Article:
Article  Google Scholar 

  26. Steyerberg EW, Moons KGM, Van Der Windt DA, Hayden JA, Perel P, Schroter S, Riley RD, Hemingway H, Altman DG, Group P (2013) Prognosis Research Strategy (PROGRESS) 3: prognostic model research. PLoS Med 10: e1001381.

    Article  Google Scholar 

  27. Usher-Smith JA, Emery J, Kassianos AP, Walter FM (2014) Risk prediction models for melanoma: a systematic review. Cancer Epidemiol Biomarkers Prev 23: 1450–1463.

    Article  Google Scholar 

  28. Waldron C-A, van der Weijden T, Ludt S, Gallacher J, Elwyn G (2011) What are effective strategies to communicate cardiovascular risk information to patients? A systematic review. Patient Educ Couns 82: 169–181.

    Article  Google Scholar 

  29. Walker J, Licqurish S, Chiang P, Pirotta M, Emery J (2015) Cancer risk assessment tools in primary care: a systematic review of randomised controlled trials. Ann Fam Med. 13: 480–489.

    CAS  Article  Google Scholar 

  30. Win AK, Macinnis RJ, Hopper JL, Jenkins MA (2012) Risk prediction models for colorectal cancer: a review. Cancer Epidemiol Biomarkers Prev 21: 398–410.

    Article  Google Scholar 

Download references

Author information

Affiliations

Authors

Corresponding author

Correspondence to Juliet Usher-Smith.

Ethics declarations

Competing interests

WH has had many research grants relating to cancer diagnostics from non-commercial sources and has been involved in developing a number of cancer risk prediction tools for use in primary care. He was the clinical lead for the revision of the NICE 2005 guidance (NG12) on the topic of selection of patients for cancer investigation. His contribution to this article is in a personal capacity and should not to be interpreted as representing the view of the Guideline Development Group or NICE. He has received travel support to give lectures and attend conferences, plus occasional speaker’s fees, from conference organisers in the charitable and educational sector, although none from commercial sources. SJG developed and evaluated the Cambridge diabetes risk score, which is freely available. He has evaluated the predictive utility of diabetes and cardiovascular disease risk scores. JE has received travel support to give lectures and attend conferences, plus occasional speaker’s fees, from conference organisers in the charitable and educational sector, although none from commercial sources. He received consultancy fees from AP Benson Ltd from 2000–2004 relating to the GRAIDS and Cyrillic software. JUS and FMW have no competing interests to declare.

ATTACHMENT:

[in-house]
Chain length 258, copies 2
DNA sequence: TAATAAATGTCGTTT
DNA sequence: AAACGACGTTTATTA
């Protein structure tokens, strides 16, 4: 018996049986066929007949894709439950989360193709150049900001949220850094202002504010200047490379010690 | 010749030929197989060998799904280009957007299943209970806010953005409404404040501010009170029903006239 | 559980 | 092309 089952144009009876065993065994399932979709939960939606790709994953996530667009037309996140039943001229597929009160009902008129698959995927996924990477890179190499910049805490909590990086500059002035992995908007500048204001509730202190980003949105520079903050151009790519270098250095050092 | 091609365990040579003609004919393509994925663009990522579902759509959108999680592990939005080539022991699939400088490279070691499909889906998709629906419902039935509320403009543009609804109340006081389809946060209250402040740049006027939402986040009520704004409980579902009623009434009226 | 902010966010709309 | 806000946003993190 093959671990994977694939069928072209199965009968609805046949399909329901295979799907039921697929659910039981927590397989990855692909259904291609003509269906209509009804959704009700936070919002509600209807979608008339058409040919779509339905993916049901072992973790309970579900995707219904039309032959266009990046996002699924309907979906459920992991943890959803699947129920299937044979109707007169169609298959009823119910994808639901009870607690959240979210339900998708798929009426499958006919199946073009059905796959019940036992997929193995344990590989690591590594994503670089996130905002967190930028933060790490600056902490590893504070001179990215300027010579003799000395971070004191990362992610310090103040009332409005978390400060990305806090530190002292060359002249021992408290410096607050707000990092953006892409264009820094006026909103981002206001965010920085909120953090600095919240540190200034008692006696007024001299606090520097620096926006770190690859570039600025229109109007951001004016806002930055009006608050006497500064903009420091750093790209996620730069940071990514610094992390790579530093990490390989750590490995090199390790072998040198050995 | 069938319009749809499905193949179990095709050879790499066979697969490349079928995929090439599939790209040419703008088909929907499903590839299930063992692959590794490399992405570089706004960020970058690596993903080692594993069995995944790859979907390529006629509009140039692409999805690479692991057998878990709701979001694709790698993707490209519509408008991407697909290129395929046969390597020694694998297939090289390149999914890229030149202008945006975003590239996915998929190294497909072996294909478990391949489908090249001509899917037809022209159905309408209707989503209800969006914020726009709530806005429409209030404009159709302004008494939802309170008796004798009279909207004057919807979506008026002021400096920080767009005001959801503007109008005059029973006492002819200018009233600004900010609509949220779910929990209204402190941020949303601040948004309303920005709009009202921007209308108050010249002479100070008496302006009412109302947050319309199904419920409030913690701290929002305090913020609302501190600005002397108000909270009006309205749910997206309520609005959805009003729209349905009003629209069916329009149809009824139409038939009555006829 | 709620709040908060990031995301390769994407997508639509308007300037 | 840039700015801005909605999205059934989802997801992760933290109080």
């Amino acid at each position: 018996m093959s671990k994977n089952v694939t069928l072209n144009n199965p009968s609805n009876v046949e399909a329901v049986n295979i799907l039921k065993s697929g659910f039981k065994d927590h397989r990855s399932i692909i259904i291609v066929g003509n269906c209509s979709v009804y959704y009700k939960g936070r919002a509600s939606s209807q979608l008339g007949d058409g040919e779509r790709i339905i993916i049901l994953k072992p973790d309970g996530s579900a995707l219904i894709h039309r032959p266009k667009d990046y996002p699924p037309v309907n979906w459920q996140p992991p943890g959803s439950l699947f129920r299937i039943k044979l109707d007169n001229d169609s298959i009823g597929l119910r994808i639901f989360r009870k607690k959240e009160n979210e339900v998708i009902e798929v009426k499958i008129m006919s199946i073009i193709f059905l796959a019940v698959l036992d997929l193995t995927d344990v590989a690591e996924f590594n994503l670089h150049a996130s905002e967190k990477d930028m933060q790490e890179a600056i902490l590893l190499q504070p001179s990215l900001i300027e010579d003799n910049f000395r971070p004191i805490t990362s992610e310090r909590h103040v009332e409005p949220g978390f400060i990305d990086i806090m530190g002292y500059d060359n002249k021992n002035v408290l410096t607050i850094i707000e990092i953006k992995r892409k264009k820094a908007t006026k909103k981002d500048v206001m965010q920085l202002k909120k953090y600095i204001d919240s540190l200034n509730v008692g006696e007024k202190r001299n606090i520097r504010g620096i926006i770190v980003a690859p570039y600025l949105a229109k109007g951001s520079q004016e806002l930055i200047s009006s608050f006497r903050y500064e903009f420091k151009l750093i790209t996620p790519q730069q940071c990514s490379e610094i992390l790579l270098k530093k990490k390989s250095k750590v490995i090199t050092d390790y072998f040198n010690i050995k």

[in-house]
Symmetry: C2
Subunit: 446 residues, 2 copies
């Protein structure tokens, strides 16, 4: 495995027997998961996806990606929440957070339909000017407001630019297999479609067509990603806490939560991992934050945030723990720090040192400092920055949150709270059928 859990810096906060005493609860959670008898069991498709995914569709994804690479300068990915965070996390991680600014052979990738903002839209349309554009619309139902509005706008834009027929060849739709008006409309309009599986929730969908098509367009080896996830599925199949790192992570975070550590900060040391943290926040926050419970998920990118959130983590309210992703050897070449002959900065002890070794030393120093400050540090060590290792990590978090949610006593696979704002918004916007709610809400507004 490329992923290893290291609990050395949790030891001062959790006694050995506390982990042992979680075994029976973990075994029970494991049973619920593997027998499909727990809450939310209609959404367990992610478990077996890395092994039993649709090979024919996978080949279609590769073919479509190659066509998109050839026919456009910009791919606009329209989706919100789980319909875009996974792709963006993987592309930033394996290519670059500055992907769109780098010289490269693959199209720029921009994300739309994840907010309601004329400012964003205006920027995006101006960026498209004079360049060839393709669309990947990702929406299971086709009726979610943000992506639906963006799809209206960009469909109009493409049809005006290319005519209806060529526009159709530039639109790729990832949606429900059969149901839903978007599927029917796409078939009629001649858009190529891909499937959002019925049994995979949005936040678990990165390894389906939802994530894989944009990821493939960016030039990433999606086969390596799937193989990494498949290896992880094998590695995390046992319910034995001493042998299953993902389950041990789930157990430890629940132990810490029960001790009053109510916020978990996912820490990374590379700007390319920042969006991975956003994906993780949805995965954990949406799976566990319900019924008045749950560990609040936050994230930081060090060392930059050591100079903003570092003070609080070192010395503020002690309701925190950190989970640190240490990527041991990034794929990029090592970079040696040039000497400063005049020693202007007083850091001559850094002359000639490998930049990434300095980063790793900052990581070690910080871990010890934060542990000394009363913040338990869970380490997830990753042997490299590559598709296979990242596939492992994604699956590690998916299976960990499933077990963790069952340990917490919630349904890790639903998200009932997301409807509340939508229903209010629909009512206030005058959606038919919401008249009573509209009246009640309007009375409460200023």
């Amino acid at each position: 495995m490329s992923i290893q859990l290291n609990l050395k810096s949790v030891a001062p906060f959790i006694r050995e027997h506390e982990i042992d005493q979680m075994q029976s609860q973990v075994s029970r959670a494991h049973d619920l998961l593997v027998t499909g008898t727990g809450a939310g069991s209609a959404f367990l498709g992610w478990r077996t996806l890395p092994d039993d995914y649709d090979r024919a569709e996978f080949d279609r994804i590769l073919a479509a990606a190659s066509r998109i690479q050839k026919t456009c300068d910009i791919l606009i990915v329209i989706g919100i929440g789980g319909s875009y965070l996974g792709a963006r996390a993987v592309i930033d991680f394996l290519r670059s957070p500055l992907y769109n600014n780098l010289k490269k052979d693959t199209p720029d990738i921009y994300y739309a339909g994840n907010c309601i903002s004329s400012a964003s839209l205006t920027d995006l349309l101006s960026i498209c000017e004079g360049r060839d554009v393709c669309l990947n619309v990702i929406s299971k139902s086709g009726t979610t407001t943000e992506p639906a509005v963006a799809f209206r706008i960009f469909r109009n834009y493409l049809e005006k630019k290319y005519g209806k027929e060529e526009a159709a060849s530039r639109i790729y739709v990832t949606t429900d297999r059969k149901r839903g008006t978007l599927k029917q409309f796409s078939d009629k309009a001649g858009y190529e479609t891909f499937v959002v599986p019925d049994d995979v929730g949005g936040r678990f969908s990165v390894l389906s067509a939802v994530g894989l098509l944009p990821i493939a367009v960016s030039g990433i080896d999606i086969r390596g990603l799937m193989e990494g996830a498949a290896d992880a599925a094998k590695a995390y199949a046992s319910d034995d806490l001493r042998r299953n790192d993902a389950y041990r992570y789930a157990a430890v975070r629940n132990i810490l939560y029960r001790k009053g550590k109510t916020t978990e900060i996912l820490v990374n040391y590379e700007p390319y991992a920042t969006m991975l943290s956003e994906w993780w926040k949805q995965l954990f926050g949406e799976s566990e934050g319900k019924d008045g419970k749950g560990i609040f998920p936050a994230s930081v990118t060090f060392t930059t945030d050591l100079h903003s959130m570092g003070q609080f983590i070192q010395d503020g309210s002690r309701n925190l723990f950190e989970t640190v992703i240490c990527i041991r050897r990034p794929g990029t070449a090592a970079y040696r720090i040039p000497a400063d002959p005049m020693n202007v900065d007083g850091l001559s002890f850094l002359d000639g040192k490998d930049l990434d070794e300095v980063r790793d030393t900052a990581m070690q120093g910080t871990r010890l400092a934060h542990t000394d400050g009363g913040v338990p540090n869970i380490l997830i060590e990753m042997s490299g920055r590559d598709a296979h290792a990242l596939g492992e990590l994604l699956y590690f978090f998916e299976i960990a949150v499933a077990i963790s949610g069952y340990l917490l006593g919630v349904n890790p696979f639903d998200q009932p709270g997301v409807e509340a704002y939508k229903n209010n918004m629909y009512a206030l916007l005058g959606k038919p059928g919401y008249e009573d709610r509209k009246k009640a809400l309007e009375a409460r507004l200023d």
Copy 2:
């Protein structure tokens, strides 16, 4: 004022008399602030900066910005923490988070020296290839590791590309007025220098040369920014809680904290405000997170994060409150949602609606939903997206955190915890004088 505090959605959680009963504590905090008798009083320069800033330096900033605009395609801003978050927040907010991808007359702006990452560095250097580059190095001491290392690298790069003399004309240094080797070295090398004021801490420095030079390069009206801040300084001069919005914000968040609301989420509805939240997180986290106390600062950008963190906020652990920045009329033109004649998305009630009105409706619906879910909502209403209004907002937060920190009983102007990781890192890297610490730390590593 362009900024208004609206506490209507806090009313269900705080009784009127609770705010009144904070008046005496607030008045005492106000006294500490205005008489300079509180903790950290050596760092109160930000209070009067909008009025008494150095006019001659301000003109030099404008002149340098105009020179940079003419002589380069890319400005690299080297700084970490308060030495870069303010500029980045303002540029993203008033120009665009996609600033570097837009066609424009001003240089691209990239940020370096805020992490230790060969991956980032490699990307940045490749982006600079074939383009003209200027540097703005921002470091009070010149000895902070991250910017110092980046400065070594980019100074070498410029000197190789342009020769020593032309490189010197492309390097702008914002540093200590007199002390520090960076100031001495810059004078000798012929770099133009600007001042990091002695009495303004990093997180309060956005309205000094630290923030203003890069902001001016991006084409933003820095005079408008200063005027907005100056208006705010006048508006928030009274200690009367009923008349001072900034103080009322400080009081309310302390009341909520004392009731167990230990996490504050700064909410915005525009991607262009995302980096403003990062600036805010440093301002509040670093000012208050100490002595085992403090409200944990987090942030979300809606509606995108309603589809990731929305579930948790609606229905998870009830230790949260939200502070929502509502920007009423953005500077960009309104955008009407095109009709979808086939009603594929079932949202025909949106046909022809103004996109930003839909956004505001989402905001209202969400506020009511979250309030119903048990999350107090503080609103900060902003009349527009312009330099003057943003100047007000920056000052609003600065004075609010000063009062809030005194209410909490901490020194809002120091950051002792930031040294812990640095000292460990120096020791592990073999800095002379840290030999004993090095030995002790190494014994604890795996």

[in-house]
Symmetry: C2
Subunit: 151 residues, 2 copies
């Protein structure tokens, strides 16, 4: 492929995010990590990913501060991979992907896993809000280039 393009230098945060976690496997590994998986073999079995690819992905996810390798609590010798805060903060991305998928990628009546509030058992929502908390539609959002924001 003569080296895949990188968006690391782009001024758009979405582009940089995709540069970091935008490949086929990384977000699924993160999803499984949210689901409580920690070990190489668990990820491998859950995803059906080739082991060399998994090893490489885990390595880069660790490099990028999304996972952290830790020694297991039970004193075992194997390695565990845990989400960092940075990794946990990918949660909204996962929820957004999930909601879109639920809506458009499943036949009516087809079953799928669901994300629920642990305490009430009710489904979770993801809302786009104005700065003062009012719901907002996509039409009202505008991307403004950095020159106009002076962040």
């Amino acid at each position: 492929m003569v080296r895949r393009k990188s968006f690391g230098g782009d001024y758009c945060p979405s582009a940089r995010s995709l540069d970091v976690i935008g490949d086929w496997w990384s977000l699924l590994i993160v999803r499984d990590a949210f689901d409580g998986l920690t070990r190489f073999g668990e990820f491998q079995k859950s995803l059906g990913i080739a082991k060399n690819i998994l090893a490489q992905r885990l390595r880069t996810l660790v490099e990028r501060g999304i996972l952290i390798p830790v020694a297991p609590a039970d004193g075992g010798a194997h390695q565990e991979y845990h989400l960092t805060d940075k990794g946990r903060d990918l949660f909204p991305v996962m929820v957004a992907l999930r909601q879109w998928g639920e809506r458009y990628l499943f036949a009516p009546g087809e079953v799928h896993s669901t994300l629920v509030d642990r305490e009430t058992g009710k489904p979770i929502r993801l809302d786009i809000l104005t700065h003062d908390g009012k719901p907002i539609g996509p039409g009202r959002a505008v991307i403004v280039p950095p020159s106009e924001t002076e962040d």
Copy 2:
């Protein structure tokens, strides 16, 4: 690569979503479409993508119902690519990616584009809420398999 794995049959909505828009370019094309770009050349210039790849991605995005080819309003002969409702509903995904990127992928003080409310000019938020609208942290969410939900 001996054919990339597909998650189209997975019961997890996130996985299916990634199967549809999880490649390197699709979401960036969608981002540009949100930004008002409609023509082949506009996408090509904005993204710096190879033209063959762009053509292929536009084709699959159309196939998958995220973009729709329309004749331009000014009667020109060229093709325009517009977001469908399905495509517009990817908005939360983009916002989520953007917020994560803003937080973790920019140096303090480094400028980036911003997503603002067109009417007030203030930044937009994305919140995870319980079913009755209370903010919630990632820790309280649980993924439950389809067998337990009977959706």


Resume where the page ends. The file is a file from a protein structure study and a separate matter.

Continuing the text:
Additional information

Contributors

The authors are all clinical academics with a shared interest and expertise in primary-care cancer research and developing, validating and implementing risk prediction tools in primary care. All authors contributed to the drafting of the manuscript and have approved the final manuscript. JUS is the guarantor.

Rights and permissions

This work is licensed under the Creative Commons Attribution 4.0 International License. To view a copy of this license, visit http://creativecommons.org/licenses/by/4.0/

Reprints and Permissions

About this article

Verify currency and authenticity via CrossMark

Cite this article

Usher-Smith, J., Emery, J., Hamilton, W. et al. Risk prediction tools for cancer in primary care. Br J Cancer 113, 1645–1650 (2015). https://doi.org/10.1038/bjc.2015.409

Download citation

Keywords

  • primary care
  • cancer
  • risk
  • prediction
  • model
  • diagnosis
  • screening

Further reading

Search